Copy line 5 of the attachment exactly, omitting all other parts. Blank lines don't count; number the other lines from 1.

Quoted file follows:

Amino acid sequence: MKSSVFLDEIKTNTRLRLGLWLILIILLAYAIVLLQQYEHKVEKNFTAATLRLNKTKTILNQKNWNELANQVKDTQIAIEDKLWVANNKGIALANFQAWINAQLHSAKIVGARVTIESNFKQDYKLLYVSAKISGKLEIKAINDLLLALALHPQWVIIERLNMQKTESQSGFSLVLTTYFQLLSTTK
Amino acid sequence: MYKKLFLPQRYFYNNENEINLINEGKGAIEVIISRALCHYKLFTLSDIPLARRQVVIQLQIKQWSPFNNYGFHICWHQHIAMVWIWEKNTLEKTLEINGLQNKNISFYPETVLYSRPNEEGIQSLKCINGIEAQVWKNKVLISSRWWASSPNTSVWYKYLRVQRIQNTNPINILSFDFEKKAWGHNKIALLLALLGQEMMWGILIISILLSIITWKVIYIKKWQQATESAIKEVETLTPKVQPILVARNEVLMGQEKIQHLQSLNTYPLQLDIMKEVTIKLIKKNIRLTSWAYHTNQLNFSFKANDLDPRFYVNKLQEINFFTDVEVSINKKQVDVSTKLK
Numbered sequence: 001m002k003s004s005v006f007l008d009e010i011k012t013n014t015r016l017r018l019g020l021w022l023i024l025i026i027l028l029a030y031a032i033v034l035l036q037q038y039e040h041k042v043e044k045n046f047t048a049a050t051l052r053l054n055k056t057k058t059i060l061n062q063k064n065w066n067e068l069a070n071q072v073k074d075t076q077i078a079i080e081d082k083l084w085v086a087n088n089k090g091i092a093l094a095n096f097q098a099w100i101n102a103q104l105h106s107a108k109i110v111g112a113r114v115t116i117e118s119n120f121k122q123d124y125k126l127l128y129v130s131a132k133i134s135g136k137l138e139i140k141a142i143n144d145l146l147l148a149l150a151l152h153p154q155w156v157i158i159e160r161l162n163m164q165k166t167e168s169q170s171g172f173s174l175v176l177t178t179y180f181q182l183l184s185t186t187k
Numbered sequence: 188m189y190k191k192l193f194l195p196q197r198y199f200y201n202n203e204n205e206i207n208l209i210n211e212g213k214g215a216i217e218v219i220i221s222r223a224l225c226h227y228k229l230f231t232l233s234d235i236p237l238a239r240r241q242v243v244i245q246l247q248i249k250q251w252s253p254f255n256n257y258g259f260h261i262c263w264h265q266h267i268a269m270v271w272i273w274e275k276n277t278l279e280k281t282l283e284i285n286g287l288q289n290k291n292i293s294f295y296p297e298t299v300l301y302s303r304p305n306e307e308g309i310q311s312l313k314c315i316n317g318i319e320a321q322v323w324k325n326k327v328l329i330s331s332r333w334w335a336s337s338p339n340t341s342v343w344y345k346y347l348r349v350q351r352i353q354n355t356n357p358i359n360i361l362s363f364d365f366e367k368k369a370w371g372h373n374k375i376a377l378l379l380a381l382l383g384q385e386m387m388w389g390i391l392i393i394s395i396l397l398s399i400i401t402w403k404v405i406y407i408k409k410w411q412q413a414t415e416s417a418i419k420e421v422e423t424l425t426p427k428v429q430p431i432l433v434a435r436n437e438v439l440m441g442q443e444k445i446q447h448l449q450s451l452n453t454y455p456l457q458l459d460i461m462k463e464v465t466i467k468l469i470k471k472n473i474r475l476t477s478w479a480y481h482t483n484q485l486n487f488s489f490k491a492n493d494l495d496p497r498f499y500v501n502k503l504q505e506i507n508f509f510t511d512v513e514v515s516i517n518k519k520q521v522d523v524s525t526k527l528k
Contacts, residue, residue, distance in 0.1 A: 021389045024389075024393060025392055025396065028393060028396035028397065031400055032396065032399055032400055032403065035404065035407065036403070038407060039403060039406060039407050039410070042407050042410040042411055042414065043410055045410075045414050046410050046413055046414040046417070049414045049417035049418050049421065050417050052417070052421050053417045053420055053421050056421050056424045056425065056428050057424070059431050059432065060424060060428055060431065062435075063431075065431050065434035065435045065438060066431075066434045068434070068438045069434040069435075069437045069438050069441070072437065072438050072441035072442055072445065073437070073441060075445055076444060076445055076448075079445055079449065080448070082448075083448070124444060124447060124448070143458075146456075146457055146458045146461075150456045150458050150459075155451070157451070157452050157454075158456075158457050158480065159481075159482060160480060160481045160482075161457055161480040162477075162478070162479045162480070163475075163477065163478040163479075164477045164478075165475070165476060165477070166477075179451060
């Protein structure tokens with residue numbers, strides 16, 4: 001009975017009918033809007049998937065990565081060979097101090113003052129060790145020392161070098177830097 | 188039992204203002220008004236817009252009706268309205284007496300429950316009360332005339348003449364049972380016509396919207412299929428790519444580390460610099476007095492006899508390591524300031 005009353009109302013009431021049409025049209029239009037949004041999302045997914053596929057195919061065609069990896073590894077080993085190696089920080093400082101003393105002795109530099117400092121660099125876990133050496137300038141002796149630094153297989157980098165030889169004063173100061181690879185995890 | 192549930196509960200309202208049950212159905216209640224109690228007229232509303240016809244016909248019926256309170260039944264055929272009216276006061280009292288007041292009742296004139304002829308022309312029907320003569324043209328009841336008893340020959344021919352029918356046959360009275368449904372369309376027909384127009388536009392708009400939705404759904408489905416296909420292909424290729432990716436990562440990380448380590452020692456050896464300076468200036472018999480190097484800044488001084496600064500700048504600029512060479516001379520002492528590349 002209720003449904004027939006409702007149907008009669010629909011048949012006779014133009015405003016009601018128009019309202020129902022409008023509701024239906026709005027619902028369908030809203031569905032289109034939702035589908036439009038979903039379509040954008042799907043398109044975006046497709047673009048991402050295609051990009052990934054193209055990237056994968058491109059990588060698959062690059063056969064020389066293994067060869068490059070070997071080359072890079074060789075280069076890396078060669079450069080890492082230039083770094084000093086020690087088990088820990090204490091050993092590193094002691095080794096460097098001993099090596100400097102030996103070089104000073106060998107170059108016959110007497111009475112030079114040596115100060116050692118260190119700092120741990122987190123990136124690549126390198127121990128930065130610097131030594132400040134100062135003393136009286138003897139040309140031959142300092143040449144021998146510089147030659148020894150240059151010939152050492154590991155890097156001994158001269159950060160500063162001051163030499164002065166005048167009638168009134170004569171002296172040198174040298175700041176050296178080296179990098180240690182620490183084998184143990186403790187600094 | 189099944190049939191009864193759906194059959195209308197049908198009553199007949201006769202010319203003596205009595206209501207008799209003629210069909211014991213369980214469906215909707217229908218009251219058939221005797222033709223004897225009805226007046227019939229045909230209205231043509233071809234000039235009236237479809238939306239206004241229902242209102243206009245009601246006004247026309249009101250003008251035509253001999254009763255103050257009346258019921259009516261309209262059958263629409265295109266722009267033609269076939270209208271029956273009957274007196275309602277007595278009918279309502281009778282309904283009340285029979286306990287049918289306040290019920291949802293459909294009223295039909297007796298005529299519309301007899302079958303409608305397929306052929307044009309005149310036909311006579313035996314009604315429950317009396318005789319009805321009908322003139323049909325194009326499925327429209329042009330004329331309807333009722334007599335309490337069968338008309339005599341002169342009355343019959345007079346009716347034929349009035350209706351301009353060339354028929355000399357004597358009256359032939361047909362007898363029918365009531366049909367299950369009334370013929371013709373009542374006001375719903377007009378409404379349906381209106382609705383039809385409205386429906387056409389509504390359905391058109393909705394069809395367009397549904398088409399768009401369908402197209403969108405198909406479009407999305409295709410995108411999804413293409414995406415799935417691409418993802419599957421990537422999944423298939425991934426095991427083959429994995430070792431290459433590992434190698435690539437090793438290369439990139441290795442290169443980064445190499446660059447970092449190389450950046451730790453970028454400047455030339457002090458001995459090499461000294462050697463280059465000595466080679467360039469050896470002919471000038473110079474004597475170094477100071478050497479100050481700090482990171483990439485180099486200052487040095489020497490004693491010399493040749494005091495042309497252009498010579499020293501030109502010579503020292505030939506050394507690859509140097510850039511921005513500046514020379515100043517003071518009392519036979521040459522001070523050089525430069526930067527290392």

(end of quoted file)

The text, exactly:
Contacts, residue, residue, distance in 0.1 A: 021389045024389075024393060025392055025396065028393060028396035028397065031400055032396065032399055032400055032403065035404065035407065036403070038407060039403060039406060039407050039410070042407050042410040042411055042414065043410055045410075045414050046410050046413055046414040046417070049414045049417035049418050049421065050417050052417070052421050053417045053420055053421050056421050056424045056425065056428050057424070059431050059432065060424060060428055060431065062435075063431075065431050065434035065435045065438060066431075066434045068434070068438045069434040069435075069437045069438050069441070072437065072438050072441035072442055072445065073437070073441060075445055076444060076445055076448075079445055079449065080448070082448075083448070124444060124447060124448070143458075146456075146457055146458045146461075150456045150458050150459075155451070157451070157452050157454075158456075158457050158480065159481075159482060160480060160481045160482075161457055161480040162477075162478070162479045162480070163475075163477065163478040163479075164477045164478075165475070165476060165477070166477075179451060